Should physicians & patients really be "educated" to have attitudes appropriate to recently enacted laws: Commentary on Sadan and Chajek-Shaul

- Yeruham Frank Leavitt, Ph.D.
Chairman, The Centre for International Bioethics
Faculty of Health Sciences
Ben Gurion University of the Negev, Beer Sheva, Israel
Email: yeruham@bgumail.bgu.ac.il

Eubios Journal of Asian and International Bioethics 10 (2000), 125.
Reviewing an earlier draft of this paper, I wondered whether data gathered at one hospital (Hadassah) can really be generalized to statements about the country as a whole. But the confirmation by the research which the authors cite by Tabenkin et al, as well as anecdotal information which I hear here in the south of Israel, suggest that Israel's Patient's Rights Law is perhaps not really matched by the attitudes and practice of physicians and patients.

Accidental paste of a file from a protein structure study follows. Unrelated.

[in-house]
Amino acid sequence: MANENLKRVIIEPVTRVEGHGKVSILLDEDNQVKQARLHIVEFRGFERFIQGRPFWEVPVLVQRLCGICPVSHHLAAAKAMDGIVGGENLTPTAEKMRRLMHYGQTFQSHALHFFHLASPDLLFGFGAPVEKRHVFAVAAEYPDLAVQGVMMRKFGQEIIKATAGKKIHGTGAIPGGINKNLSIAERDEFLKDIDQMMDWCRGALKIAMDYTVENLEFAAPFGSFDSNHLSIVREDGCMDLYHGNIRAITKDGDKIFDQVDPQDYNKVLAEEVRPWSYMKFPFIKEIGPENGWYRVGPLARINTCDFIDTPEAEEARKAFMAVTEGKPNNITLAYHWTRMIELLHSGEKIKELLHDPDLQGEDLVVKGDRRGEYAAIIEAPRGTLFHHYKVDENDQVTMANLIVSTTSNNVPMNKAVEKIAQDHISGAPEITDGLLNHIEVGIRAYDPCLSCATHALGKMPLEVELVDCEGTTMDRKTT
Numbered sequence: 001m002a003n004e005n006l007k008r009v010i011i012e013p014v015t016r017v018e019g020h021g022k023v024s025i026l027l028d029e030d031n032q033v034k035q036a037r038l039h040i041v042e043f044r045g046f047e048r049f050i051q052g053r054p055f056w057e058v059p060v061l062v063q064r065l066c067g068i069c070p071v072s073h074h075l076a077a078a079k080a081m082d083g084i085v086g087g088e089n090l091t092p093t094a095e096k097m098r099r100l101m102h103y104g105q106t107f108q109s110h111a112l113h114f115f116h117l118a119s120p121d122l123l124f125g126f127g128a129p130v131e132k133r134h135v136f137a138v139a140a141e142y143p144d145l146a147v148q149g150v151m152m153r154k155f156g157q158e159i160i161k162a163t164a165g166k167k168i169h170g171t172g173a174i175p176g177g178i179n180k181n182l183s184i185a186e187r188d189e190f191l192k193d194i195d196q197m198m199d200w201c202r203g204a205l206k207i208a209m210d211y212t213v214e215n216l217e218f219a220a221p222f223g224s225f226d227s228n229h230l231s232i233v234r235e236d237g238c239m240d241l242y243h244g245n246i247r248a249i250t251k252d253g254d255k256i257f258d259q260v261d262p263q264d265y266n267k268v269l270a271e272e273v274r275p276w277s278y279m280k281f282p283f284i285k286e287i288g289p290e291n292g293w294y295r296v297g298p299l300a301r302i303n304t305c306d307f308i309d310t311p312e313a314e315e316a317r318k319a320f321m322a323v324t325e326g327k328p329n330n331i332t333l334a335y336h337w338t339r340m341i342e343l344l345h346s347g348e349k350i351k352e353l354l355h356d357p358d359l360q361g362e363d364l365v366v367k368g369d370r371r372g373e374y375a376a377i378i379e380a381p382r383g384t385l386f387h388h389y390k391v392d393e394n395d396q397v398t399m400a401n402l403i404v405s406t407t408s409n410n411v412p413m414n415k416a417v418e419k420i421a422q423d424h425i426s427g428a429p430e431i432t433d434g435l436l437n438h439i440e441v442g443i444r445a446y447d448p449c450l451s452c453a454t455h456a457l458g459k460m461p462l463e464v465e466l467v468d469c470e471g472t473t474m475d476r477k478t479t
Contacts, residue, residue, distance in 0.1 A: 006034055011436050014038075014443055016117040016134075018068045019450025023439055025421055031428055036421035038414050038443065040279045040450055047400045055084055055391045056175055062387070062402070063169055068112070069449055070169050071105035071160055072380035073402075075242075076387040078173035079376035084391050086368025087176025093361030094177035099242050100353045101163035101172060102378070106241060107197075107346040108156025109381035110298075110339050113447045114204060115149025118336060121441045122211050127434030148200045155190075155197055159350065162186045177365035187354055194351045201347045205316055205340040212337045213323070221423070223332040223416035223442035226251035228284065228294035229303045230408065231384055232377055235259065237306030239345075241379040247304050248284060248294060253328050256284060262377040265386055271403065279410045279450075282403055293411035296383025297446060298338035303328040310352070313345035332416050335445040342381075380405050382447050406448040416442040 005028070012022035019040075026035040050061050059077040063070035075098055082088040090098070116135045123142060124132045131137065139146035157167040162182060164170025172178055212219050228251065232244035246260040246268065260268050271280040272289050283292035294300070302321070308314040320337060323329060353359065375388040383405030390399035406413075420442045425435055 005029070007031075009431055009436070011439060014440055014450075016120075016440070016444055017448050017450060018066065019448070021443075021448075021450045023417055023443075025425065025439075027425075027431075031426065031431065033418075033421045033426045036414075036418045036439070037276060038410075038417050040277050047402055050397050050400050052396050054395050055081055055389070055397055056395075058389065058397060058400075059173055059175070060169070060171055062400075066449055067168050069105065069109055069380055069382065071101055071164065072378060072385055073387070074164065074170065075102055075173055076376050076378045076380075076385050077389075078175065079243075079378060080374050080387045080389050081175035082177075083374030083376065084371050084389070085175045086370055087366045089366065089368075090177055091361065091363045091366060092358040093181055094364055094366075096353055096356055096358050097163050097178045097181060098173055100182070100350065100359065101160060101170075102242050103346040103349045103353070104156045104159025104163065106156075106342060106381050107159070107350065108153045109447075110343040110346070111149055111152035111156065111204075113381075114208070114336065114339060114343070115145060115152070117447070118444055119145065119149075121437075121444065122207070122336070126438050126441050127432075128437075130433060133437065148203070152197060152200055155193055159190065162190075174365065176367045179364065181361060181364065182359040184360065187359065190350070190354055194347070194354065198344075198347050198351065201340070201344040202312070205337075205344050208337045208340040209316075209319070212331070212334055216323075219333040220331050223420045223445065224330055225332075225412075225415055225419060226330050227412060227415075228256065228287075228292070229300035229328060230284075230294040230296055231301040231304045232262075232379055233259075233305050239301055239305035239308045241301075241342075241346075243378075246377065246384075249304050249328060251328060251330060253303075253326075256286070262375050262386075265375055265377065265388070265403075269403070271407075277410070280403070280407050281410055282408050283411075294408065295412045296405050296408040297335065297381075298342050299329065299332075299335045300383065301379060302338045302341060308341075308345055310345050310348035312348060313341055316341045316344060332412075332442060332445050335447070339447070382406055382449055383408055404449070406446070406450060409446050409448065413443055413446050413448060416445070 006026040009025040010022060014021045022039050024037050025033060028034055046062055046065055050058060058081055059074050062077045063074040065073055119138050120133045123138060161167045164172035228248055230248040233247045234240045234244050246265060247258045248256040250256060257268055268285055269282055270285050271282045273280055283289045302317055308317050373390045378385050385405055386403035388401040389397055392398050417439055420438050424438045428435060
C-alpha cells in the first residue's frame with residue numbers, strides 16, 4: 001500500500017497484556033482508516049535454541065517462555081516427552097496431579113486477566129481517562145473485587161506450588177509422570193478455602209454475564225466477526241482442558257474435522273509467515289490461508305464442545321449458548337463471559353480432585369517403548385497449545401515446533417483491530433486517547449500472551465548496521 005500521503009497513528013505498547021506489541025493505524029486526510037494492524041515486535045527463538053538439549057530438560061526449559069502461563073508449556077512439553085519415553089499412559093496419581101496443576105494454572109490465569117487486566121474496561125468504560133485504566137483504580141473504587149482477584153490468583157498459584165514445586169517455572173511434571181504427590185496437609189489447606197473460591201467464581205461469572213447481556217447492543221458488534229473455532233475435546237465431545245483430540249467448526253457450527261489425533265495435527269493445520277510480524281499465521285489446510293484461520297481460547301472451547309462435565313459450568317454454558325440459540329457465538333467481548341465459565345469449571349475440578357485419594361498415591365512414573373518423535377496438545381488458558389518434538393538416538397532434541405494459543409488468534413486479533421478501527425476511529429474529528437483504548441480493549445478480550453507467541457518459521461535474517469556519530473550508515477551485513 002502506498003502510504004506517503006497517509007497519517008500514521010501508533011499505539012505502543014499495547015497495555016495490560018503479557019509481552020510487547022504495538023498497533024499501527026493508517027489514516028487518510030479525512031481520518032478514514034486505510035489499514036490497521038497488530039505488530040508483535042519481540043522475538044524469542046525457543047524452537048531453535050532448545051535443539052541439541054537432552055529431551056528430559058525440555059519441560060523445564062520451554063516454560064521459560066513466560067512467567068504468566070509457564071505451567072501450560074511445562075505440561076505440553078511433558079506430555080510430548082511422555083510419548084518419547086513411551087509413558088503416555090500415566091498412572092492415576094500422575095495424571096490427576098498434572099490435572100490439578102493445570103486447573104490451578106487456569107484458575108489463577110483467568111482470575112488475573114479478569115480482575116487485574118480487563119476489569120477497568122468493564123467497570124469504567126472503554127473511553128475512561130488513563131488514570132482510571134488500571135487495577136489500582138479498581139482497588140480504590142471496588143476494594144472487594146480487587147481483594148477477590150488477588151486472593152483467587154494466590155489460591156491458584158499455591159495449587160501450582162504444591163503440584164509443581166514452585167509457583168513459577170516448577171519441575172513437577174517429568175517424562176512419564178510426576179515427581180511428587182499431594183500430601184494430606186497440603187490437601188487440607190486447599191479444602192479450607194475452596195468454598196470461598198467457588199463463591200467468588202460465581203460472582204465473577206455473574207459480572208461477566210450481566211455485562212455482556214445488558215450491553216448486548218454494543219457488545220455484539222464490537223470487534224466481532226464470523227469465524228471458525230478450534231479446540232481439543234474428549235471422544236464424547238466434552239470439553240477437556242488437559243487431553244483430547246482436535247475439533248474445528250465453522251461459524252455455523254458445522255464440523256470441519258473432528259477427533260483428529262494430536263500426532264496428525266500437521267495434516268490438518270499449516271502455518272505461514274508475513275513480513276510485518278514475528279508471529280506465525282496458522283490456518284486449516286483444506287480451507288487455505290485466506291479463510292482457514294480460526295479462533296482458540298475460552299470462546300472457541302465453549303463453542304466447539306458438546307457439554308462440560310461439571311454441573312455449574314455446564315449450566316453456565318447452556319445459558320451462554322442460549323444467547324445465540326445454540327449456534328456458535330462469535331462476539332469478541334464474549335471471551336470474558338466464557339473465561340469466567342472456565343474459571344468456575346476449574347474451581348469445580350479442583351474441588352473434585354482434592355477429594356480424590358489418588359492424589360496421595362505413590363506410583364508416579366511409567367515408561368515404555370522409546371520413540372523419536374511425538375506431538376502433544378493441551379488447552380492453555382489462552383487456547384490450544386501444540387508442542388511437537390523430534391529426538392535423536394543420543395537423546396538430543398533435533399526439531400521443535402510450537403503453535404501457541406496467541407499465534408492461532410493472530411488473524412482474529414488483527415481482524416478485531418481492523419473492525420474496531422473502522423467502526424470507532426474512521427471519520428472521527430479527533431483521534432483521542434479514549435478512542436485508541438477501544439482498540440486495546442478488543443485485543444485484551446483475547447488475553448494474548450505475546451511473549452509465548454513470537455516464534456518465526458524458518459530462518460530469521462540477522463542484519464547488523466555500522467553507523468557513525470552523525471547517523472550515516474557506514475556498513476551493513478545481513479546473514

But when a law, which may be in accord with internationally accepted doctrine (at least in the West) does not match the attitudes and practice of the people, I wonder if this necessarily means that the people are, so to speak, behind-the-times, and in need of education. Maybe doctrine which is internationally accepted in Western and Northern countries is inappropriate to other cultures? I think this was one of the major points behind the founding of the Asian Bioethics Movement. In this particular case of incongruency between law and popular attitudes and practice, I do not want to try to say who is to blame. But I would be hesitant to say straight out that the law is right and the people are wrong. I would rather first try to investigate the cultural reasons for the incongruency.


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